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March 25, 2008

 

Homer organ being restored

Church raises $40,000 for repair of its 80-year-old pipe organ

Organ

Bob Ellis/staff photographer      
Graham Sleeman of Parsons Pipe Organ Builders in Canandaigua removes a pouch board Monday morning from a cramped space beneath the pipes of the Homer First United Methodist Church organ. The company has been hired to refurbish the pipe organ.

By CHRISTINE LAUBENSTEIN
Staff Reporter
claubenstein@cortlandstandard.net

HOMER — Homer resident Florence Bundy believed music is one of the best means to connect people with God, according to one of her daughters.
“She was always interested in every aspect of the church, and more recently she saw the music as being a way for drawing in new members, or people who were disjointed from churches,” Cincinnatus resident Mary Anne Diaz said. “It might be an avenue for them to regain interest.”
Bundy, who died at age 87 in September, decided at the end of her life to match donations for a $40,000 repair job of the Homer First United Methodist Church’s organ, which is about 80 years old.
With her $20,000 donation and the other $20,000 now raised, the organ is being dismantled this week for repair.
Members of the church community say they are grateful for Bundy’s initiative.
It will be nice for the church to have a fully functioning organ again, they said, something it has not had the last few decades.
Each of the organ’s 700 pipes is connected to a valve that lets in air. The organ was built in 1929, and the leather and felt covering on each valve has not been replaced.
As a result, often unwanted air gets through to the pipes, producing sounds that are not intended.
Also, some of the valves get stuck and don’t open when organ keys are played.
The main job of Canandaigua-based Parsons Pipe Organ Builders, the company undertaking the $40,000 repair job, is replacing the valve coverings.
“These all need to be airtight,” Cal Parsons, one of the company’s owners, said Monday, pointing to valves in a wooden board he was holding.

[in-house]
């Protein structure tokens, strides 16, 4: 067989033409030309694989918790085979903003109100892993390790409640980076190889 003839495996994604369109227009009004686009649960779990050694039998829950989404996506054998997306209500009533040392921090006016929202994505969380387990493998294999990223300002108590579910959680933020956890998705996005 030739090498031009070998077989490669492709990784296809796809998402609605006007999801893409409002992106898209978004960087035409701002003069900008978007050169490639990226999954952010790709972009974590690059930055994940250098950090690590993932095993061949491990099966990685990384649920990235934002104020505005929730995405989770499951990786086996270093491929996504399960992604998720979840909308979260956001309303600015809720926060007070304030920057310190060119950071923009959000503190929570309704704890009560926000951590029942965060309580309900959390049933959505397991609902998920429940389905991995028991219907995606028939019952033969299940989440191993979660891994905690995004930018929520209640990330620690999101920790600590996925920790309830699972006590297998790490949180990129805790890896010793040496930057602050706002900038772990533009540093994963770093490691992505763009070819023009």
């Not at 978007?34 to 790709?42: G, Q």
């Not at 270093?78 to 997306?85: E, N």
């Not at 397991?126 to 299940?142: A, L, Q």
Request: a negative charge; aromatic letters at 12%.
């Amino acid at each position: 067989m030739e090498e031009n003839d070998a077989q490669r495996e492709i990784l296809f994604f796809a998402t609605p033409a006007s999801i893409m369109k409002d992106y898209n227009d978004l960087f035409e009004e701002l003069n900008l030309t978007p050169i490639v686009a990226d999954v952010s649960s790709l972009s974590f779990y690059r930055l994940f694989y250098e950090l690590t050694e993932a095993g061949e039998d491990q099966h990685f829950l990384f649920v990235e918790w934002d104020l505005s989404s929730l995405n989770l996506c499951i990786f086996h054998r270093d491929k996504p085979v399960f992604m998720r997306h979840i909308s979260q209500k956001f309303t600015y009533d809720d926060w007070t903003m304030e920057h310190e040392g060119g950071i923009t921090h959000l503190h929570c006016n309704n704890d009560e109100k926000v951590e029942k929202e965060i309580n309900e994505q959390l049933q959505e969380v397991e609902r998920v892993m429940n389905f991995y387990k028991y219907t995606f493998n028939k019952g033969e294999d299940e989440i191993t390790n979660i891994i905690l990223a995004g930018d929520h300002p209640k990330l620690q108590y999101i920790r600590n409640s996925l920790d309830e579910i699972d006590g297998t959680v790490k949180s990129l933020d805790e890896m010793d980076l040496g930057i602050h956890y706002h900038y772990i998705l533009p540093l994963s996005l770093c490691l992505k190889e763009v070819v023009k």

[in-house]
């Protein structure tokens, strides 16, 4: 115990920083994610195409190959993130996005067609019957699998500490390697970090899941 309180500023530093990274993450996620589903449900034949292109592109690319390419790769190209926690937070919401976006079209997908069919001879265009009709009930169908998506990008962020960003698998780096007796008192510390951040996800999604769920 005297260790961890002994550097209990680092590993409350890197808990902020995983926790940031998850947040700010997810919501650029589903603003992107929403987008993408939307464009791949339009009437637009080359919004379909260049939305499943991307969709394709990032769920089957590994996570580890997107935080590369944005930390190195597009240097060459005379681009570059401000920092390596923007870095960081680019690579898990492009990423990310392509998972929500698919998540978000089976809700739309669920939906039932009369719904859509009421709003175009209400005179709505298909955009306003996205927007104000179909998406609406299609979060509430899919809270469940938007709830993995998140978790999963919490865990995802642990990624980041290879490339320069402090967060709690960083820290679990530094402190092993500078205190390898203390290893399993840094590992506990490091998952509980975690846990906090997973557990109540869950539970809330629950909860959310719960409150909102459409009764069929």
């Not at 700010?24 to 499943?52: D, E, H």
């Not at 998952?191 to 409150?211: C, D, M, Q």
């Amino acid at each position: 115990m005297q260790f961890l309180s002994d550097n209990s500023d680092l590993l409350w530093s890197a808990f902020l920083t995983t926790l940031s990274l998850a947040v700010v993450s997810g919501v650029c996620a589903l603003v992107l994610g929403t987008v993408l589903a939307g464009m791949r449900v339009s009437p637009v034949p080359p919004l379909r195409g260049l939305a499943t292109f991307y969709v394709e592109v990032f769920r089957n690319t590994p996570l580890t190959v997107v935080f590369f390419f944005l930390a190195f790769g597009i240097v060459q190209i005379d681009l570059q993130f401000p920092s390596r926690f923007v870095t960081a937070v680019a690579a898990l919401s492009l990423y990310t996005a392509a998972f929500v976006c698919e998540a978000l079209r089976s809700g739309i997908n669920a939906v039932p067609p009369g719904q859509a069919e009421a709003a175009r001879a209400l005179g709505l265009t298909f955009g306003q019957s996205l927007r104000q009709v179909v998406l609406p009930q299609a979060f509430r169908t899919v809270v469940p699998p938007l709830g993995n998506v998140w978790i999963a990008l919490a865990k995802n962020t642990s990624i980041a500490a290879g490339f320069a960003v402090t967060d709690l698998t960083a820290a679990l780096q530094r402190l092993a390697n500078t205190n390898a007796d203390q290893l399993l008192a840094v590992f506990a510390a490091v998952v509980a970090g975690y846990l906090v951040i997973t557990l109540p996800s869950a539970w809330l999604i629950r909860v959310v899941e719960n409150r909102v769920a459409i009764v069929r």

The company, which is also touching up other parts of the organ, is dismantling parts this week, and shipping them to Canandaigua for repair. It expects to finish the work within the next couple of months.
To celebrate the renovated organ, on July 13 the congregation plans to rededicate it. Church organist Valorie Xenakis, as well as several former organists, will play music at the celebration and donors such as the late Florence Bundy will be honored.
“We’re hoping to have a very big celebration,” said Allan Ferguson, pastor of the Homer First United Methodist Church.
Ferguson said getting the old organ repaired is important for the church, whose operating budget is about $160,000 annually. Parishioners really came through with their donations, he said.
“It’s just a coincidence it’s falling on our 175th anniversary,” Ferguson said.

Organ history

The church’s organ is believed to be the third owned by the church.
Allan Ferguson, pastor of the Homer First United Methodist Church, said he thinks the congregation has had an organ since its inception 175 years ago. Its original building on the same site likely had a reed organ from the start.
“It made a tone similar to a clarinet,” Ferguson said.
It’s believed the congregation got a tracker action organ at some point before it built its new building in 1912.
The organ had pipes, but the linkage between the keys or pedals pressed by the organist and the valves that allows air to flow into the pipe or pipes of the corresponding note, were mechanical, as opposed to the current organ’s electric links.
The second organ could not always handle notes from more than one of the organ’s manuals, or keyboards, and had to be hand pumped by assistants.
Things were made easier when the church bought an electrically controlled organ in 1929, which it continues to use.
“The organ doesn’t go on strike, and it doesn’t need a lunch break either,” said Dale Bell, a member of the Homer First United Methodist Church, and organ aficionado.
The organ, which likely cost about $1,200, was made by Father W.S. Stevens, also known as “Father Steve,” the then-rector of St. Matthew’s Church in Moravia. He also made the organ at the Grace Episcopal Church, Ferguson said.
It is bigger than the previous organ, with 10 ranks, or sets of pipes that are physically organized together and produce a certain pitch.
“This organ was the answer to making a bigger and better sound,” Ferguson said.